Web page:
Natural hazards, such as earthquakes, volcanic eruptions, and tsunamis, have threatened human communities throughout recorded history. Scientists still face a long-term challenge to reveal the natural hazards' preparation process and precisely predict their occurrences. With space technology development, in the early 1980s, some satellites recorded abnormal electromagnetic emissions, plasma density irregularities, and energetic particle precipitations over active seismic fault zones, volcanic belts, or tsunamis coast. Since then, continuous efforts have been paid to the rock-rupture-processing experiment, ground-space comparative studies. Especially for earthquake science, the electromagnetic precursors might be the most promising tool for the short-term (timescale of hours, days, and weeks) earthquake prediction. In late 2004, France launched the DEMETER (Detection of Electromagnetic (EM) Emissions Transmitted from Earthquake Regions) satellite, which successfully operated from 2004 to 2010. In Febr. 2018, China launched the first seismo-electromagnetism satellite (China Seismo-Electromagnetic Satellite, CSES) aimed for earthquake monitoring from space.

At present, there are plenty of satellites (e.g., DMSP, NOAA, Swarm, CSES, FORMOSAT, COSMIC, etc.) operating in the near-earth space, which are recording electromagnetic and plasma data for both space environment and natural hazard monitoring. This Research Topic, on the one hand, aims to validate or calibrate the data from different instruments and satellite platforms to explore the near-space electromagnetic environment (EM field and waves, plasma parameters, energetic particle flux and distributions etc.). On the other hand, it focuses on natural hazard monitoring in terms of cross-disciplinary studies of earthquakes, volcanoes, tsunamis, and hurricanes/typhoons. From both modeling and observational points of view, we expect to find a new way to study natural hazards phenomena and coupling mechanisms of the Lithosphere-Atmosphere-Ionosphere.

This Research Topic aims to take full advantage of current operating electromagnetism and other related remote sensing satellites (e.g., infrared, hyperspectral, GNSS, etc.), to monitor and predict natural hazards by presenting the latest results from cross-disciplinary observations from both space and ground measurements. Besides observations analysis, mechanism modeling, the special issue also collects the related data validation/calibration studies to highlight the state-of-the-art of space observation technology.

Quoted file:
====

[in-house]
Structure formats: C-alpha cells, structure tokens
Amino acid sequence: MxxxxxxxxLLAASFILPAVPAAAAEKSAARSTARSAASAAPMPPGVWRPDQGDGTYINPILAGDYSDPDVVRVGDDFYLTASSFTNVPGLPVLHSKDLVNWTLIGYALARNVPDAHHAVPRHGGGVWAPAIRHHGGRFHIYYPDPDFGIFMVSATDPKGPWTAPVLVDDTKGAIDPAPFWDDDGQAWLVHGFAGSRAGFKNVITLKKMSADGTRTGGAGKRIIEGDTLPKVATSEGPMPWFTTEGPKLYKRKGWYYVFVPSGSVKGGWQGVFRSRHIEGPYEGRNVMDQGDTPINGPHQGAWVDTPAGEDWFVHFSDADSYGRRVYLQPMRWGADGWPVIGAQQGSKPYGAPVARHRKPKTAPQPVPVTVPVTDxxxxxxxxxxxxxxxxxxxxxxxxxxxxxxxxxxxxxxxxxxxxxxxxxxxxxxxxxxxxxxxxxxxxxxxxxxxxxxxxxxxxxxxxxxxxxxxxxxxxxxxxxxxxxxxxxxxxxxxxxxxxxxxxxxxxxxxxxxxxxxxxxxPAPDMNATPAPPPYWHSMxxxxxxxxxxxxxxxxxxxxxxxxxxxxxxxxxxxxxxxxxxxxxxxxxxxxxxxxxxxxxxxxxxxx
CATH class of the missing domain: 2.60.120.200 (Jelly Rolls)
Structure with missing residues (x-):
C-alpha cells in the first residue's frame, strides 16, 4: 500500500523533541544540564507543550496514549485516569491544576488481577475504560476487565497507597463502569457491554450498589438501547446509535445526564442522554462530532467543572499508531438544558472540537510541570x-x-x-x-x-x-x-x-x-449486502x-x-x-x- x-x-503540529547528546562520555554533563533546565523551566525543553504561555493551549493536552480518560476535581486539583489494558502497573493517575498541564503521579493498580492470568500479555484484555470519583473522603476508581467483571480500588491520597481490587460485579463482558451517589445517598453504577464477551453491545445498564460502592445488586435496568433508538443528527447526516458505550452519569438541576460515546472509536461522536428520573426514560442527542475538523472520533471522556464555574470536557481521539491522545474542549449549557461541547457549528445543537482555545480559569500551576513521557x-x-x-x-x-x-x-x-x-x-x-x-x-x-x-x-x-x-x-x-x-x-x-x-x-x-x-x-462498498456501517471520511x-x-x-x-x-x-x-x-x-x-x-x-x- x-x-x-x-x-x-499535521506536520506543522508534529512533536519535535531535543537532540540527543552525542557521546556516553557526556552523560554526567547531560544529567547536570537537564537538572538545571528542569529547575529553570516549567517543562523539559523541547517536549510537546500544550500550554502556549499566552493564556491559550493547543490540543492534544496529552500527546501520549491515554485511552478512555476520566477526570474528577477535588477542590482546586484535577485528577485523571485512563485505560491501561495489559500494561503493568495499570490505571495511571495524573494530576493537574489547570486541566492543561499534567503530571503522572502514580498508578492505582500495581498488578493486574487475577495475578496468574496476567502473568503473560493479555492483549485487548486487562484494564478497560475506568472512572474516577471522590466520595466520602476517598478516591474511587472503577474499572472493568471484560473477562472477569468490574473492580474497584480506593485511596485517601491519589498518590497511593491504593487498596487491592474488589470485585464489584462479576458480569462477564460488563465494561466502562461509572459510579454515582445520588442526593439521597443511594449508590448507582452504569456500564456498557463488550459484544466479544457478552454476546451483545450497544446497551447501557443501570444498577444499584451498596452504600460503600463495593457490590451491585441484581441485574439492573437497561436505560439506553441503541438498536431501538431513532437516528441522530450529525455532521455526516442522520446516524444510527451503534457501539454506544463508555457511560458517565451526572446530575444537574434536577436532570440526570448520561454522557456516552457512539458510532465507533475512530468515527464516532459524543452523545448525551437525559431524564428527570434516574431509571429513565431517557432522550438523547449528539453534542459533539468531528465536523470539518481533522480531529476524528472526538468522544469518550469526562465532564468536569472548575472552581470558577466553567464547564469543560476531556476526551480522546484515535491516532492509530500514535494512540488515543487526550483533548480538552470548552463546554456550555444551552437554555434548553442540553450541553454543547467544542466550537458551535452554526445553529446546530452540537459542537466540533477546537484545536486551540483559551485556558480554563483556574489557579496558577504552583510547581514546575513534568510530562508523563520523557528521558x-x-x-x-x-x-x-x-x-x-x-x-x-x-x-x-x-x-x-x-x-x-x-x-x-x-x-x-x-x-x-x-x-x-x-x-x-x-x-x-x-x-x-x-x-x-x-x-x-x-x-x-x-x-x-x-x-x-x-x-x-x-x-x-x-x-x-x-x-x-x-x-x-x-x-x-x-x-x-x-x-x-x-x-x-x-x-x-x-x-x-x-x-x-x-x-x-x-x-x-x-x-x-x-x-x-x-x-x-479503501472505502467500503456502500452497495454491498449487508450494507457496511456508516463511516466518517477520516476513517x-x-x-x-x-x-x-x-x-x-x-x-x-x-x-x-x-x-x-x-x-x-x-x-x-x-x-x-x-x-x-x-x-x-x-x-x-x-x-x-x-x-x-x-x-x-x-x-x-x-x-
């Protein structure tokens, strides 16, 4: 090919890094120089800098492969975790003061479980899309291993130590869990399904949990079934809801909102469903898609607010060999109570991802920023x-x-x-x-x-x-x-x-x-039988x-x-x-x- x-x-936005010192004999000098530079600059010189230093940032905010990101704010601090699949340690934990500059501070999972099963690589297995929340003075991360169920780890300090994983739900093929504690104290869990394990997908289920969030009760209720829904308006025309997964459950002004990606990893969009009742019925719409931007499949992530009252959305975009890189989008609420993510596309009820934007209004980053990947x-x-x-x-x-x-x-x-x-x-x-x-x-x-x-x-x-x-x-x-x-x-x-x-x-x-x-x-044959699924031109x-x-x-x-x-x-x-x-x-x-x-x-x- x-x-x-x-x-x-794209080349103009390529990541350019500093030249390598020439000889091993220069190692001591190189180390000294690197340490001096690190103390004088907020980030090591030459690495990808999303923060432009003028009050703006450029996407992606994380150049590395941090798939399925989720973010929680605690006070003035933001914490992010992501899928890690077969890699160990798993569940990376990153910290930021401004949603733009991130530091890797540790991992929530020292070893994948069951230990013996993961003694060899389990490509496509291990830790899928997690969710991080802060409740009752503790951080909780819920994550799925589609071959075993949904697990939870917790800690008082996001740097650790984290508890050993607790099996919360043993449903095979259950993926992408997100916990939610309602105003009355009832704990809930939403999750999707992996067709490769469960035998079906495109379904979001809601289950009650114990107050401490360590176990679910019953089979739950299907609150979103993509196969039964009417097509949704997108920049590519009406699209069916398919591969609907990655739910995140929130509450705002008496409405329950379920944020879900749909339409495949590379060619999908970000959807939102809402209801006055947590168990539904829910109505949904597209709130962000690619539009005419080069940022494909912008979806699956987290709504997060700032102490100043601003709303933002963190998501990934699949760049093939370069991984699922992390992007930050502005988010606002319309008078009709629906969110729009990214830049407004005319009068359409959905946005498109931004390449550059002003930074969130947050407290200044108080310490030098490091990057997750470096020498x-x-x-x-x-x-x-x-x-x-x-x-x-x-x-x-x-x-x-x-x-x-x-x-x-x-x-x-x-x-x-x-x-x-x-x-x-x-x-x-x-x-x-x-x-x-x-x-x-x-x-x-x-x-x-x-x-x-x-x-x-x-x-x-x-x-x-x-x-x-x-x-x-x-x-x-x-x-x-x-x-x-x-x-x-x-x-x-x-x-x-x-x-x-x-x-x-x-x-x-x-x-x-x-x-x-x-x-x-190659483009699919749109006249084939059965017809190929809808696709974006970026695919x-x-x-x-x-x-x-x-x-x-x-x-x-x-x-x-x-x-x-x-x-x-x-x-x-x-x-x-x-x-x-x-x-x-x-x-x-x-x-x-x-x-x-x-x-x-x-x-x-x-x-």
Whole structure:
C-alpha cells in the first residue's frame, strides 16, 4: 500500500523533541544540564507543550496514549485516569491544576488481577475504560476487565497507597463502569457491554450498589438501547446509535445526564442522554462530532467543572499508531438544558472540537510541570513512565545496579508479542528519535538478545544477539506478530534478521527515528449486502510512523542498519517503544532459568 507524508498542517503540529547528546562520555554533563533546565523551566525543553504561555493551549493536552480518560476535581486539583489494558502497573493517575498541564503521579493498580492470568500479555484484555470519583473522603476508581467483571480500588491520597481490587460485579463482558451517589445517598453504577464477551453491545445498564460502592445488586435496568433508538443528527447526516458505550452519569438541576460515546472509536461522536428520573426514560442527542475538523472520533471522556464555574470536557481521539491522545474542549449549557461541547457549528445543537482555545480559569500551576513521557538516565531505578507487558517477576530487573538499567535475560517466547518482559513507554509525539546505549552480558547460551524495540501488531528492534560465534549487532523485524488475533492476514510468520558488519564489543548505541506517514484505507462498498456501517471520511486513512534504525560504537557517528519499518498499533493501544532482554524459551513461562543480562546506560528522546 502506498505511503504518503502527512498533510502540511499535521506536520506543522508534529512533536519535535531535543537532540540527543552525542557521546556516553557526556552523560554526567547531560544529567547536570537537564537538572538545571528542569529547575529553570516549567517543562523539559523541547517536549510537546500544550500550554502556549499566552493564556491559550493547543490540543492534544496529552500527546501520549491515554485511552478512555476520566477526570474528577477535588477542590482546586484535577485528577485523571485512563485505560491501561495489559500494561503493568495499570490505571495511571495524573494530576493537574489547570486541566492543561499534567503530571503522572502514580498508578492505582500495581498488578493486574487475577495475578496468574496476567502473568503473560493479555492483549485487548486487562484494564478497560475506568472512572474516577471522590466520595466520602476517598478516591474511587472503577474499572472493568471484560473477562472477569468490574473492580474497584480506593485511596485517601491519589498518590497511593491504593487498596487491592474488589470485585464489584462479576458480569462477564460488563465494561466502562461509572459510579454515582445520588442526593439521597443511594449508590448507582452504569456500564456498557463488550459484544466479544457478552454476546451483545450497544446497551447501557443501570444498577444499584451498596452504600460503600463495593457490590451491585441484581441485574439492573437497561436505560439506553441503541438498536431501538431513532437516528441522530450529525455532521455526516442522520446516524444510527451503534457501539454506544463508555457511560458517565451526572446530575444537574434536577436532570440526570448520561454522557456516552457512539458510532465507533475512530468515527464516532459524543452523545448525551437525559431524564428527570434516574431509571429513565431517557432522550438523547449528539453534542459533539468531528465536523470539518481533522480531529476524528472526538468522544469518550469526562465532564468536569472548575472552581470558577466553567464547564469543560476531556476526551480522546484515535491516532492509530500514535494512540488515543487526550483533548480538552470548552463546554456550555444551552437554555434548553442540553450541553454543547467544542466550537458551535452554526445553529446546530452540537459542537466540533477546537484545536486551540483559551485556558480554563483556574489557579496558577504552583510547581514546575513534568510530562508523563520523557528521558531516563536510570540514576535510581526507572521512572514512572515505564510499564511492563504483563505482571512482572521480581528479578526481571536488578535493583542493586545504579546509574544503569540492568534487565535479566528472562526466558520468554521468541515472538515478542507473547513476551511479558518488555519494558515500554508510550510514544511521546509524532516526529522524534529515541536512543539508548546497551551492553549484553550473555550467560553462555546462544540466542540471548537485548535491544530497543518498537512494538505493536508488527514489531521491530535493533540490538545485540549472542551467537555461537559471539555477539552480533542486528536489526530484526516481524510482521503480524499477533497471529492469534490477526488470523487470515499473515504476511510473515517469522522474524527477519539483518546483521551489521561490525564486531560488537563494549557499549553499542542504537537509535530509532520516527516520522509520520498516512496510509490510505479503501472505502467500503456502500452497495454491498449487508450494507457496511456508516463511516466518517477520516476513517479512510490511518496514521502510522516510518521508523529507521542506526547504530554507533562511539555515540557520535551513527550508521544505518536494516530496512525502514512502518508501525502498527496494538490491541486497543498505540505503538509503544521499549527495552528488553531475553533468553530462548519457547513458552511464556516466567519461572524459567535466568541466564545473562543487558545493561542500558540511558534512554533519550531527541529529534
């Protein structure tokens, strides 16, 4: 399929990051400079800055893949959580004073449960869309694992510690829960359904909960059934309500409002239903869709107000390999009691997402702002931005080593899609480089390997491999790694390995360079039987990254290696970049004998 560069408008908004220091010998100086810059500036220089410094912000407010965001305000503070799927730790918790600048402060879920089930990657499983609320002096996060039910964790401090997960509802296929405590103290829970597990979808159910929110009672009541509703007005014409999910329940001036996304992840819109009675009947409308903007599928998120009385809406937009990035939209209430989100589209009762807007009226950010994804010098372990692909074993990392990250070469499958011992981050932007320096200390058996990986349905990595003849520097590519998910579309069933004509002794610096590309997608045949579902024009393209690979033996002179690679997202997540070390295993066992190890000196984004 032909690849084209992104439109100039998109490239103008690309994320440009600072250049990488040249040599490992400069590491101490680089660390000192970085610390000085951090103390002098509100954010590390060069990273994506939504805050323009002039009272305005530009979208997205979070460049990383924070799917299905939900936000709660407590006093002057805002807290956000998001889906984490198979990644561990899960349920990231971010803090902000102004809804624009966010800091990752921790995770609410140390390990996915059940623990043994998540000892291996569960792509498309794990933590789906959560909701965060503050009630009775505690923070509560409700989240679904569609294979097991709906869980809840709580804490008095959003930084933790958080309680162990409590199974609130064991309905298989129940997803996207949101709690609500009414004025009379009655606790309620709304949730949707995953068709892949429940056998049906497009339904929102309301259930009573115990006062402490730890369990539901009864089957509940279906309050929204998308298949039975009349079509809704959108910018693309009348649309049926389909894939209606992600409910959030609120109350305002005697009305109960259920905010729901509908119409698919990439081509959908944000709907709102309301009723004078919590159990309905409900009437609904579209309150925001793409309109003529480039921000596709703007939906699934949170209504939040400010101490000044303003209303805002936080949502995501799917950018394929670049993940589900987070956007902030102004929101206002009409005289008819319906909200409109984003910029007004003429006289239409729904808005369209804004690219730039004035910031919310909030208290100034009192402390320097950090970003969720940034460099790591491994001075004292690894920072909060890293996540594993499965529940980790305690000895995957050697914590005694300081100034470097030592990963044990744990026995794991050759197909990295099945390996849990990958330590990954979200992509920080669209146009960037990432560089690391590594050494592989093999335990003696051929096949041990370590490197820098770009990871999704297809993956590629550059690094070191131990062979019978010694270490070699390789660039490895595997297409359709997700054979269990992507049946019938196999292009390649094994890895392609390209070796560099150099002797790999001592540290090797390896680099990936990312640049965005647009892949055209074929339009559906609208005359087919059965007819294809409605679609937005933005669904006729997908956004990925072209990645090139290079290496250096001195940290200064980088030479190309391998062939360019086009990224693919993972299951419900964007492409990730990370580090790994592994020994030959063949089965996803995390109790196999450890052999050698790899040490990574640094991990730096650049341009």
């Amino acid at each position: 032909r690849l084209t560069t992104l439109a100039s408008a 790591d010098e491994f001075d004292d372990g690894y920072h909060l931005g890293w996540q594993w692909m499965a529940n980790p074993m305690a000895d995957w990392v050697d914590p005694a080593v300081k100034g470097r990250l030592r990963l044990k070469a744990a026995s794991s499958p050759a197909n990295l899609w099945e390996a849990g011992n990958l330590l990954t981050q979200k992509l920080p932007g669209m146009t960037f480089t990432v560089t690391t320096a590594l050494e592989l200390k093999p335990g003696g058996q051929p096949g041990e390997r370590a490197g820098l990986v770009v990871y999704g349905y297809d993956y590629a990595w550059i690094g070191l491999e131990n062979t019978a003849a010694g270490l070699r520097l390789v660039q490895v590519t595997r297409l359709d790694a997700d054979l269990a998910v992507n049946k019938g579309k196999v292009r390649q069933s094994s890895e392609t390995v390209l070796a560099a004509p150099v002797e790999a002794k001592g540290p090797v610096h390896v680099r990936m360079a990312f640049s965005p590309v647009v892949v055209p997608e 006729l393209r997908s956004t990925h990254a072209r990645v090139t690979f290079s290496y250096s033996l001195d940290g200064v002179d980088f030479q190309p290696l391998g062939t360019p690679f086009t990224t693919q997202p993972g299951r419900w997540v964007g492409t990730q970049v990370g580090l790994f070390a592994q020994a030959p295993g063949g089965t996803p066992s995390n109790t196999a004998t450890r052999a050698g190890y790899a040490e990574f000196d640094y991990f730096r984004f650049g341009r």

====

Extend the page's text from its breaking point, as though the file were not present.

We are looking for contributions that include, but are not limited to:
• Data processing, validation, and evaluation methods of measurements (including the electromagnetic satellite, GNSS/Radar, Infrared/Hyperspectral satellite)
• Case and statistical observations analysis on natural hazards from multi-source data
• Theory, modeling on electromagnetic and thermodynamic effects during the occurrences of natural hazards
• Latest developments in the predictability of earthquakes, volcanoes, tsunami, and typhoons based on both ground and space stereoscopic monitoring
• New instruments, missions and tools to monitor the ionosphere


Keywords: Electromagnetism satellite observations, data calibration/validation, natural hazards monitoring, earthquakes, tsunami, volcano, space weather effects, seismic ionospheric disturbance


Important Note: All contributions to this Research Topic must be within the scope of the section and journal to which they are submitted, as defined in their mission statements. Frontiers reserves the right to guide an out-of-scope manuscript to a more suitable section or journal at any stage of peer review.

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Submission Deadlines

31 March 2022 Abstract
31 May 2022 Manuscript

Participating Journals

Manuscripts can be submitted to this Research Topic via the following journals:

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Topic Editors

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Submission Deadlines

31 March 2022 Abstract
31 May 2022 Manuscript

Participating Journals

Manuscripts can be submitted to this Research Topic via the following journals: